by JT Ellison
I know I’m not unique in the idea of a theme song for each novel. We all use music to drive us, some more than others. I know many authors who have to have music blaring to write, others who need silence.
But I’m always looking back to the very moment when I decided to be a writer. And I have to admit, even before I read John Sandford and decided to try it for myself, long ago in a land I’d rather forget, I heard a song that got under my skin.
It’s called “Disarm” by Smashing Pumpkins. There is a line in the song that goes:
The killer in me is the killer in you
That line mesmerized me. I listened to the song over, and over, and over. That line got under my skin, into my brain. Hubby and I watched a lot of Profiler and Millennium in those days, and I was beginning a true fascination with forensics, profiling and police work. The song felt like it was speaking to me, telling me something. It stayed with me for years, niggling at the back of my brain. I never did anything with it, just let it sit back there, all gargoyle-ly, gathering moss and rot and black mold.
It was a sign of things to come, though I had absolutely no idea at the time.
It happened again when I was writing my first attempt at a novel. The song was “Closer” by Nine Inch Nails. It’s rough, and rude, and violent – and my villain worshipped the song. Worshipped the lyrics. They drove him to his ultimate purpose – to hurt, violate and kill.
You can imagine how I might have been a little worried about this whole getting inspired by music thing.
Now that I’ve harnessed my bizarre little fascination, channeled it into writing novels about good and evil and all the places in between, you’d think I would be better at understanding the why behind the stories. But I don’t. The ideas come when I least expect them. They make themselves known, perching on windowsills, scratching at the glass, each one stumbling over the next in a vain attempt to get inside, vying desperately for my attention.
I love them. Truly, I do.
Sometimes the ideas come from nowhere. Other times, they come from snippets of songs. I’ve learned to take them as they come, write them down, and let them ferment. Sometimes, they actually grow into something worthwhile.
There have been other songs that speak to me. If it weren’t for Evanescence, I might never have finished THE COLD ROOM. I was on a flight to Denver, and I’d been struggling, really struggling, with the book. I couldn’t get myself from point A to point B, much less from A to Z, which is where I needed to go. I had my laptop open, trying to work, and it just wasn’t coming. Frustrated, I turned on my iPod, put it on shuffle and shut my eyes. Evanescence was the first song that popped on. It was “Bring Me to Life.”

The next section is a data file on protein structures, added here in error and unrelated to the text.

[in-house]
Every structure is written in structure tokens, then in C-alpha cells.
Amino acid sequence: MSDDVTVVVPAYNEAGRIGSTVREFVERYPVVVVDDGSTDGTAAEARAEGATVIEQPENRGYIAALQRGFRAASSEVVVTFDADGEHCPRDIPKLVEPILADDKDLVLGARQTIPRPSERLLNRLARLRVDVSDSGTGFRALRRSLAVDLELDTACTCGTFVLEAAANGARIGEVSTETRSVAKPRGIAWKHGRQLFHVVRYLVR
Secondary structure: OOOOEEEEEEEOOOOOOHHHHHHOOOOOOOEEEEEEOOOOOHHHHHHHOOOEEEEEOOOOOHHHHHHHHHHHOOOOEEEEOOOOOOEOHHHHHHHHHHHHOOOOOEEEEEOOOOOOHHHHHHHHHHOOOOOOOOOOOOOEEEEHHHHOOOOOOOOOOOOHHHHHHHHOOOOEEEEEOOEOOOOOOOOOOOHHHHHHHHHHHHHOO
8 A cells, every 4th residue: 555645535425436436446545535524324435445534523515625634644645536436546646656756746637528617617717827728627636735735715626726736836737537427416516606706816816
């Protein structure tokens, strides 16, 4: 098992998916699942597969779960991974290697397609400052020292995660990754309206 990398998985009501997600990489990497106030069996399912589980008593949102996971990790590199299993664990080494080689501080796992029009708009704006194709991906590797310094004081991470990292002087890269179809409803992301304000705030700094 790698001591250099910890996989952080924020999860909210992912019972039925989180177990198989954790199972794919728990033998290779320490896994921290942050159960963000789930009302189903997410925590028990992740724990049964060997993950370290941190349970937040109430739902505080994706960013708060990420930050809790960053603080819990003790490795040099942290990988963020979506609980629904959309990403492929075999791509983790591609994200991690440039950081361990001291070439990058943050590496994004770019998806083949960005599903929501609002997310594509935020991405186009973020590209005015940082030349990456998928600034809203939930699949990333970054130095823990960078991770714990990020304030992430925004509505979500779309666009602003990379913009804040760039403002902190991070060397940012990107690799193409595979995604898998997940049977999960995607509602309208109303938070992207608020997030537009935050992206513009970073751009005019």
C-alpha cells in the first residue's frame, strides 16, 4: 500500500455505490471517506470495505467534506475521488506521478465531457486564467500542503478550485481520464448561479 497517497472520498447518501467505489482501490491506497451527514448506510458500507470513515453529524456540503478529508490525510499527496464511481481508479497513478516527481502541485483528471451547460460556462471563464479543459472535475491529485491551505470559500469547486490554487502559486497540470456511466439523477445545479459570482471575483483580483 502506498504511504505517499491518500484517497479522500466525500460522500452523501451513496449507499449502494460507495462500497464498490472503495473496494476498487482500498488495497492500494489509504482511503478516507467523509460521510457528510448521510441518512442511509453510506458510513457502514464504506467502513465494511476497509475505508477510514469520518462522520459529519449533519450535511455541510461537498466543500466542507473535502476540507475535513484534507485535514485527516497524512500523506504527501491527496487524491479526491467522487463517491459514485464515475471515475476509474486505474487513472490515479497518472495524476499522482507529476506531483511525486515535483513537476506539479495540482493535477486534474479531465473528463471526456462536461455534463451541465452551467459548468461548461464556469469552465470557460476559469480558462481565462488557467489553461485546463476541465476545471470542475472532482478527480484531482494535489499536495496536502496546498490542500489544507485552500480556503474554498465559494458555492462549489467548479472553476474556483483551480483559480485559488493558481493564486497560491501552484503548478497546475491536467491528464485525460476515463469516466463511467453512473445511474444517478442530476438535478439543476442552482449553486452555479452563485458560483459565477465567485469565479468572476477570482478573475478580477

As I listened to the song, a spark began in my chest. When it finished, I played it again. And again, and again. And suddenly, all those stupid lost threads fell into place with a bang.
I flipped the laptop back open and wrote the scene toward the end of the book where Memphis and Taylor are talking. I won’t share about what, but it’s a major, significant scene, both for the book, for Taylor’s character, and for the series story arc. Hugely important. And if I hadn’t gotten frustrated and given up, if even for a few moments, I wouldn’t have made the leap. Yes, I might have gotten there another way, but it wouldn’t have been nearly as rich and satisfying to the story.
Now I know my MO. Each book has to have its own song. There’s always a classical piece that’s the daily go to (THE COLD ROOM plays heavily on Dvořák’s New World Symphony) but more and more I’m using songs with lyrics to inspire me. THE IMMORTALS theme song was “Ariadne” by The Cruxshadows. I already had a character named Ariadne, so when I stumbled over the song, it fit so perfectly I couldn’t help myself.
I’m working on a new book. It’s had fits and starts. It keeps getting interrupted to deal with earlier titles, the way this time of year always plays out. But at long last, THE PRETENDER has a song too, one that’s terribly melancholy and sad, but uplifting, in its way. It’s “Angel” by Sarah McLachlan. It’s perfect for the tone of the book, the setting, the topic, everything. Every day when I sit down to work, I listen to the song and read the lyrics, and it puts me in the right, well, mood is the best word for it. I usually listen three or four times, letting the words wash over me as I think back to what I wrote the day before, and where I want to go. Then I can write.
Bizarre, these little idiosyncrasies we writers have.
So writers, do you have a special song that has meaning you and you along comprehend? And readers, do you use a theme song in your daily life?
Wine of the Week: Frozen Strawberry Margaritas
Which explains why I’m not as attendant as I’d like today, so please forgive me. I’ll check in as often as I can.